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6th January 2011
SALMAN TASEER KILLED BY A FOLLOWER OF FUNDAMENTALIST ISLAM
The moderate Governor of Punjab, now assassinated, of the governing PPP, tweeted this on New Year’s Eve:
“I was under huge pressure sure 2 cow down b4 rightest pressure on blasphemy. Refused. Even if I’m the last man standing”
We should ALL mourn for this man.
What do the loony left, those who still proclaim moral equivalence of all religions, have to say about the horrific murder of one of Pakistan’s few moderate and liberal-minded political leaders? If they are what they say they are – moderate, liberal and freedom-loving – he should be their new hero. A man standing up for women’s rights, even Christian women’s rights in a deeply patriarchal and conservative Muslim country. A man opposed to Pakistan’s extreme blasphemy laws. Laws which say that execution is the penalty for insulting the name of Mohammed.
I await with bated breath their discourse on this cold-blooded murder. I don’t expect it’ll be long before we have half of them yelling in their inimitable and ignorant way that it was Bush & Blair wot dunnit.
FORGET IRAN – for the moment – PAKISTAN IS A POLITICAL BASKET CASE
Pakistan is also a nuclear power, and it could be about to explode.
Mr Taseer’s killer was one of his own trusted bodyguards. Not content with using one or two bullets, this man pumped 27 bullets into the politician’s body. One is usually enough to kill. Even a hard-nosed politician!
IGNORE QADRI. HE’S ONLY DOING WHAT WE’D ALL LIKE TO DO
No-one, it seems, tried to stop Mumtaz Qadri from his spraying of bullets for Islam. No-one even took a defensive shot at him. Even in the time it took him to re-load his gun, not one other bodyguard was sufficiently affronted by this abhorrent act to attempt to defend Mr Taseer, or to stop Qadri’s onslaught – a hail of a dozen bullets – into the body of this brave politician.
DEFEND QADRI, HE HAS ONLY DONE WHAT WE’D ALL LIKE TO HAVE DONE
When this murderer – hardly “alleged” since he was caught red-handed – appeared in court today he was showered with rose petals by LAWYERS present!
Pakistan’s Young Lawyers have already decided to offer their service in defense of Qadri FREE. He has been hailed by many university students as a hero for killing a liberal-minded politician.
QADRI IS A
NAZI sorry – GHAZI (Islamic Warrior)
Interesting word that – Ghazi. Don’t you think? Wonder when it was coined?
Qadri is one of them, it seems. So says a statement issued by the Jamaat-e-Ahl-e-Sunnat Pakistan. It was endorsed by the grouping’s ‘ameer’ or chief Syed Mazhar Saeed Shah Kazmi and over 500 scholars and clerics like Allama Syed Riaz Hussain Shah, Shah Turab-ul-Haq Qadri and Pir Ghulam Siddiq Naqshbandi.
And, just to straighten our sweet little heads on why Taseen was killed for “blasphemy”, is added for the flavour, that those “favouring the person who indulged in blasphemy are themselves blasphemous.”
Paying tribute to Taseer’s assassin and his courage, the statement described Qadri as a lover of the prophet Mohammed and a ‘Ghazi’ or Islamic warrior. (sourced from Jihad Watch)
If this isn’t a basket case of a country, Benazir Bhutto still walks the streets.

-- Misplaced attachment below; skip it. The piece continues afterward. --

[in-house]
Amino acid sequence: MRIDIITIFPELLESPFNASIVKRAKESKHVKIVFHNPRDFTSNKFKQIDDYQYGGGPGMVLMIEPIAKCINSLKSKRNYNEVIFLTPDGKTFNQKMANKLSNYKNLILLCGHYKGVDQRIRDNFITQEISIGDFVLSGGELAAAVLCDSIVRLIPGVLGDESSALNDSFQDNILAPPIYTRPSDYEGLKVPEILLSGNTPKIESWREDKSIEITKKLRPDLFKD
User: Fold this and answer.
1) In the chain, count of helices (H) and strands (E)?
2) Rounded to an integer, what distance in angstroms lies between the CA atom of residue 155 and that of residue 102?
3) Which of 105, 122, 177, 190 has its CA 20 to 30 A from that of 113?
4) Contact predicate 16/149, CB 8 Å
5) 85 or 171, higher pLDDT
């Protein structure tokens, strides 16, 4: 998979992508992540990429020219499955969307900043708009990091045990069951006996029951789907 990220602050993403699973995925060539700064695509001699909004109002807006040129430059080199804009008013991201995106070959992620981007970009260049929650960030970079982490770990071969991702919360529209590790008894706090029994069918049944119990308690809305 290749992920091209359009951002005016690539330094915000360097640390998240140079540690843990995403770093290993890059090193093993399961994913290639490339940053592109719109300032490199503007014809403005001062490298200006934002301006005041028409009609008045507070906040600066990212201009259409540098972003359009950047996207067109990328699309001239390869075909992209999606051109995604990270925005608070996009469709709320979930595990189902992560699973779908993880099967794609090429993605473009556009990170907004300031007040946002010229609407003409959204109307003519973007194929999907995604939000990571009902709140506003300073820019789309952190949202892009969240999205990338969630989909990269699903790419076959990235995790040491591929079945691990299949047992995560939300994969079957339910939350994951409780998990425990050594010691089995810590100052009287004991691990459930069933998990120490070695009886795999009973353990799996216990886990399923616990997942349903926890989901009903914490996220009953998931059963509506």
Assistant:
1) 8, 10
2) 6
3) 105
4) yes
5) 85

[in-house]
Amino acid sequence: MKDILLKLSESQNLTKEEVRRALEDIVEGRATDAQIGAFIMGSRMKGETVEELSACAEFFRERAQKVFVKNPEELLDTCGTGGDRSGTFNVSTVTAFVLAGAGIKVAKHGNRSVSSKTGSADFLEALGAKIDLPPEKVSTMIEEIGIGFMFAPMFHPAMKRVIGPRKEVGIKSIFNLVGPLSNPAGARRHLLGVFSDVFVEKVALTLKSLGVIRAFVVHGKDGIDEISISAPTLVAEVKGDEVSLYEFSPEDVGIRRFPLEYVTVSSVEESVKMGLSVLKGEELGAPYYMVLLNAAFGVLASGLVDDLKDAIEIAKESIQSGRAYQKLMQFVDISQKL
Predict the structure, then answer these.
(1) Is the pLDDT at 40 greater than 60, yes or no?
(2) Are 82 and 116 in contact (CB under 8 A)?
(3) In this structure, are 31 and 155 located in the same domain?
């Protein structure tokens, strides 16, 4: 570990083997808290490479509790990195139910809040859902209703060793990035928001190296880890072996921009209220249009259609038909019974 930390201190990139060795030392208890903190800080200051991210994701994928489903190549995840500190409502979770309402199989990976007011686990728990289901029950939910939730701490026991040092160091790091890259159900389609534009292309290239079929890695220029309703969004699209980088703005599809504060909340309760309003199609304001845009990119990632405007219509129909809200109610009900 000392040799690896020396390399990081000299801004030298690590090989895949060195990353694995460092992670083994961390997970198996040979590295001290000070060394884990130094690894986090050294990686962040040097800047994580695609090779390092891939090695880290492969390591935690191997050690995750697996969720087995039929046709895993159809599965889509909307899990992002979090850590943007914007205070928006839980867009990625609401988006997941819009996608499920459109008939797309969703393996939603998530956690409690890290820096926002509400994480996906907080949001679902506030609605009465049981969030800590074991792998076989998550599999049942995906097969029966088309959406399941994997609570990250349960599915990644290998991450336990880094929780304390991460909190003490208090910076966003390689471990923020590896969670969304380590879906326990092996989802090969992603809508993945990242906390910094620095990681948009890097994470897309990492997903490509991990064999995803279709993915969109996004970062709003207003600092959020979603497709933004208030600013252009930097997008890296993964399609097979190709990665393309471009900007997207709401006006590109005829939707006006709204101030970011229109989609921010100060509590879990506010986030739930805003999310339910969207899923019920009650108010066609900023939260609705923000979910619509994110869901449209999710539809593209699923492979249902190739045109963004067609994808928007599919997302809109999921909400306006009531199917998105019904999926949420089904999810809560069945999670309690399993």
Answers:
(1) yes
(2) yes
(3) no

And even after he was dead these Pakistanis felt compelled to defame his picture and his memory with spray and primitive shoe-hammering.
Before Mr Taseer’s funeral yesterday 500 Islamic scholars also praised his killer and told Muslims not to mourn for him. According to reports not everyone was listening. But one day soon, given proper investigative journalism, we might get a better idea of how many mourned and how many cheered. That’s important in that country of 170 million people. On that answer depends its future.
Picture above from DayLife
This video was posted at the AlJazeeraEnglish YouTube channel, and the reporter was Al Jazeera’s Kamal Hyder.
So let me get this straight.
Did Mr Taseer blaspheme against Mohammed, Allah, Islam? No.
But was he standing up in support of a Christian woman who has been sentenced to death for insulting Mohammed, a charge she denied. Yes.
So for that he had to die? Yes. So it seems, given the support his killer is receiving in that blighted land.
I realise that my attempt to get it straight will mean little to those who see guilt by association. But perhaps now, or some time soon, the Guardianistos of this world, the lefty broadcasters, the so-called feminists and the so-called freedom-lovers will start to re-think their position on Islam as a concept – even as a “religion”. Even questioning it, as do I, would be a start.
TASEER KNEW THE RISKS – AND STILL TOOK THEM
And he paid the ultimate price for his principles.
Mr Taseer was a man standing up in support of a Christian woman. Standing against sharia law. He knew the risks he was taking and had spoken about them recently. He said he’d fight on if he was the last man standing. Unfortunately he wasn’t the last man standing. He is unlikely to be the last man dying for freedom, justice and civilised behaviour.
Sadly his murder is likely to intimidate many other political voices from speaking out in Pakistan. Perhaps not only in Pakistan.
If only this extremely secular, non-murdering agnostic was sure that God exists, I’d say God rest your good, good soul, Mr Taseer. I’ll say it anyway, in case.
You are a martyr to the cause of freedom from oppression, and in particular freedom from oppression for women.
Rest in peace.
The Guardian reported on this murder, excerpt follows:
“… there should be no expression of grief or sympathy on the death of the governor, as those who support blasphemy of the prophet are themselves indulging in blasphemy.”
In Islamabad, police and intelligence officials continued to question Mumtaz Qadri, the police guard who shot Taseer as he stepped into his car outside a shopping market in central Islamabad on Tuesday.
I know I don’t have much good to say about The Guardian these days. But this report by Declan Walsh in Lahore is an exception: Guardian: ‘A divided Pakistan buries Salman Taseer and a liberal dream’
Liberals have long been a minority force in Pakistan, reviled for importing ‘western’ ideas and culture; now they are virtually an endangered species
Taseer’s crime, in Qadri’s eyes, was to advocate reform of Pakistan’s blasphemy law. Few other Pakistani politicians dared to speak against the law, which prescribes the death penalty for offenders yet is widely misused. Those who did now live in fear.